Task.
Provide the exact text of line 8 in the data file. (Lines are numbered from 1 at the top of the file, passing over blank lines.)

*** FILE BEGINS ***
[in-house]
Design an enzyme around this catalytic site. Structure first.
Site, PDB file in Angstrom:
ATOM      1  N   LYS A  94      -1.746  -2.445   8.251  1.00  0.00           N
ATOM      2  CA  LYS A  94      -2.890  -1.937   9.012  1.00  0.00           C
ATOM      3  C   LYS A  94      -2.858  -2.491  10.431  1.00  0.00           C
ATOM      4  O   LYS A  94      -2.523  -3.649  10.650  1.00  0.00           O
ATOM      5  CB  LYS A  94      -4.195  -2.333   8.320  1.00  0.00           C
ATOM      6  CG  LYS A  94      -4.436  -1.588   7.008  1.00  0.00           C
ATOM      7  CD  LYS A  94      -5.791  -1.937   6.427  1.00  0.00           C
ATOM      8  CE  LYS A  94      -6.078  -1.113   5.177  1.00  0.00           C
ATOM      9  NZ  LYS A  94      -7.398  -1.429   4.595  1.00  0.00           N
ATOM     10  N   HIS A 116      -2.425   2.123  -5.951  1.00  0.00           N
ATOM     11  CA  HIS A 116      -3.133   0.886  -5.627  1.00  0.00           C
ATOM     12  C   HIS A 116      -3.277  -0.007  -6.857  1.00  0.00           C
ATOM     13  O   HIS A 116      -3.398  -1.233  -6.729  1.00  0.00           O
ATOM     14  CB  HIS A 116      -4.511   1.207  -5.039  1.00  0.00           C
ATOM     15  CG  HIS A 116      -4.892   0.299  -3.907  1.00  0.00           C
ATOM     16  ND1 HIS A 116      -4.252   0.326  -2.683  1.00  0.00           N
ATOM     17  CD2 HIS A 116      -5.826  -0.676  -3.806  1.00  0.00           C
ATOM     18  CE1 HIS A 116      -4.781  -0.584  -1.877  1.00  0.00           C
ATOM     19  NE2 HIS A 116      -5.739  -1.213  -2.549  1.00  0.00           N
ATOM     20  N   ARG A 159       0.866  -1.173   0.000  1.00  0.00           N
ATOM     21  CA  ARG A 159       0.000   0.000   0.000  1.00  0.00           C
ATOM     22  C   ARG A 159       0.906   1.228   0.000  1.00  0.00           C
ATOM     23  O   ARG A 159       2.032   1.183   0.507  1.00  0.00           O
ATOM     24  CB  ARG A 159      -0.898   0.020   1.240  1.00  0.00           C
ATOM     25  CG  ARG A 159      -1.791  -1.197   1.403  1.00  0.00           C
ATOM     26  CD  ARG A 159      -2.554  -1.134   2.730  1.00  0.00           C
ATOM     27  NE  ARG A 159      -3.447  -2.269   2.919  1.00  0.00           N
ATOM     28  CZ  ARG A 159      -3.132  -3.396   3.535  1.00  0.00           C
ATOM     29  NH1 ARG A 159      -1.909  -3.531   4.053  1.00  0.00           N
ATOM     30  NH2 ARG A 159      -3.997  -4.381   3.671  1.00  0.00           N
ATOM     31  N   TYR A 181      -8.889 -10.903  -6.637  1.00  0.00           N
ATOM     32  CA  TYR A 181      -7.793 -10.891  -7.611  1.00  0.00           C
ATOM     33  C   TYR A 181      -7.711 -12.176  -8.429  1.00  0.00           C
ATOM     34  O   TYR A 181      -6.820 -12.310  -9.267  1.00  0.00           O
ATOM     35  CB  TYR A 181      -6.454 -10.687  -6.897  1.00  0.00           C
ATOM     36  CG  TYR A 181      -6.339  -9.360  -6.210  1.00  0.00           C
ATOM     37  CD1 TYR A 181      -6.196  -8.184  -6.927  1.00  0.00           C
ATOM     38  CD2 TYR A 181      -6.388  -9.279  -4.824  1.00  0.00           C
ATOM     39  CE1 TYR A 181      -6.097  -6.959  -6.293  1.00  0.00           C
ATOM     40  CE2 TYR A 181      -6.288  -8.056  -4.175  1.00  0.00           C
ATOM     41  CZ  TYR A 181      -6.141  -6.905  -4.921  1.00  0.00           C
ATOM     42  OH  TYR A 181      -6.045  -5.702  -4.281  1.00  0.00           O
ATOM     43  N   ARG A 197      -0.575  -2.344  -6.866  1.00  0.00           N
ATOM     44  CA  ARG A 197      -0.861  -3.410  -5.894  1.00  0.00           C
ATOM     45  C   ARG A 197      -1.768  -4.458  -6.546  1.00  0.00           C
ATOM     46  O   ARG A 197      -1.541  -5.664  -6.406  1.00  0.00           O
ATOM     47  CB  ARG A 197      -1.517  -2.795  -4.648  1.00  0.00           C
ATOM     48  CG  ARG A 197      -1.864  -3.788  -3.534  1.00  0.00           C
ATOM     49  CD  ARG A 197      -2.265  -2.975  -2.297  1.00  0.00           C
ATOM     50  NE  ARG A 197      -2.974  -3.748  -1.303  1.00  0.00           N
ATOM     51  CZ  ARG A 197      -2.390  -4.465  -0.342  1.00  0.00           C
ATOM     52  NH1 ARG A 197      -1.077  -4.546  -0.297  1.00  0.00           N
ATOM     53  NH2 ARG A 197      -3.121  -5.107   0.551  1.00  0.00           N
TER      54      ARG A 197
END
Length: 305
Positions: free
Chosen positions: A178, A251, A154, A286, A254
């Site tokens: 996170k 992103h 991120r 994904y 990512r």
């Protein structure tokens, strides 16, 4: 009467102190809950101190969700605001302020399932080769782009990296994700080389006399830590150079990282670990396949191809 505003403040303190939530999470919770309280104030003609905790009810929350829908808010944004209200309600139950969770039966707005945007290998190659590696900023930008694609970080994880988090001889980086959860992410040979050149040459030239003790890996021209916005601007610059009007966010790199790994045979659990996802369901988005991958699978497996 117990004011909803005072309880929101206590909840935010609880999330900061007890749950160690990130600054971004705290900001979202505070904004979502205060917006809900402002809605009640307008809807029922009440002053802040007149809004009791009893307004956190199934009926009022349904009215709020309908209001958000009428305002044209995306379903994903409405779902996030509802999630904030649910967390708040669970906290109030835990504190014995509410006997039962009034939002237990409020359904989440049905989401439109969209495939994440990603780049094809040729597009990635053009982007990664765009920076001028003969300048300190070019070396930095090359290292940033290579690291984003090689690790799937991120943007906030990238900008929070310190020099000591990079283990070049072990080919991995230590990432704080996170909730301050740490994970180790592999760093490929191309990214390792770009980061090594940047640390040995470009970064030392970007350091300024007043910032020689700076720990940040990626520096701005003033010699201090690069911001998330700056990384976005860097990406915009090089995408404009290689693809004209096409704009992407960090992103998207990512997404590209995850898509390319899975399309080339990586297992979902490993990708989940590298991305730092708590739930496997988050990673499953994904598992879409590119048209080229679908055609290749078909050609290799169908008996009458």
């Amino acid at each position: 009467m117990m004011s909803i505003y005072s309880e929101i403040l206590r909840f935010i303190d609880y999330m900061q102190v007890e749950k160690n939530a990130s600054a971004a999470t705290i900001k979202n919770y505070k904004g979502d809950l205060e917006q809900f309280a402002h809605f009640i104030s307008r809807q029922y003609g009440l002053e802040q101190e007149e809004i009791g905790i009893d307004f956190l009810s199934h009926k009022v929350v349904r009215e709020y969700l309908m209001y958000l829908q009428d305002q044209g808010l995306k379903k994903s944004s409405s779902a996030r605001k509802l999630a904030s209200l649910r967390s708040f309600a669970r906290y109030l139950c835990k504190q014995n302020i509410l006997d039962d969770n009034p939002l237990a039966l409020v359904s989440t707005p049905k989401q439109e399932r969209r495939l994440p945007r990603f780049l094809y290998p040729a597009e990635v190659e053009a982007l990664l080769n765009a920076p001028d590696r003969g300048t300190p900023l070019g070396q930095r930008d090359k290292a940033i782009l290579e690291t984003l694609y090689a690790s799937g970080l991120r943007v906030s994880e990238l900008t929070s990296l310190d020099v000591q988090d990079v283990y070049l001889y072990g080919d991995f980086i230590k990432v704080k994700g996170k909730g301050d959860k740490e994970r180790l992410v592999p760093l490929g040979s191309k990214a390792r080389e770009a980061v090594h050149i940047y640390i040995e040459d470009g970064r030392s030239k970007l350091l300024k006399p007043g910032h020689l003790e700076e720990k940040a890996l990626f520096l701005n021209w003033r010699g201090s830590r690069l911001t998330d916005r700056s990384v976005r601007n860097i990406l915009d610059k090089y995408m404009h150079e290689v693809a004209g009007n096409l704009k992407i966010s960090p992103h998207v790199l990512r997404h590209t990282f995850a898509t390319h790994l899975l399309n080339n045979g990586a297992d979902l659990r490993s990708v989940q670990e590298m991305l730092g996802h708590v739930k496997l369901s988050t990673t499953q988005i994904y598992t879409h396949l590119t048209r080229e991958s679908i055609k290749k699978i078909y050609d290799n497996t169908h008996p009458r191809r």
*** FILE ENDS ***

ATOM      5  CB  LYS A  94      -4.195  -2.333   8.320  1.00  0.00           C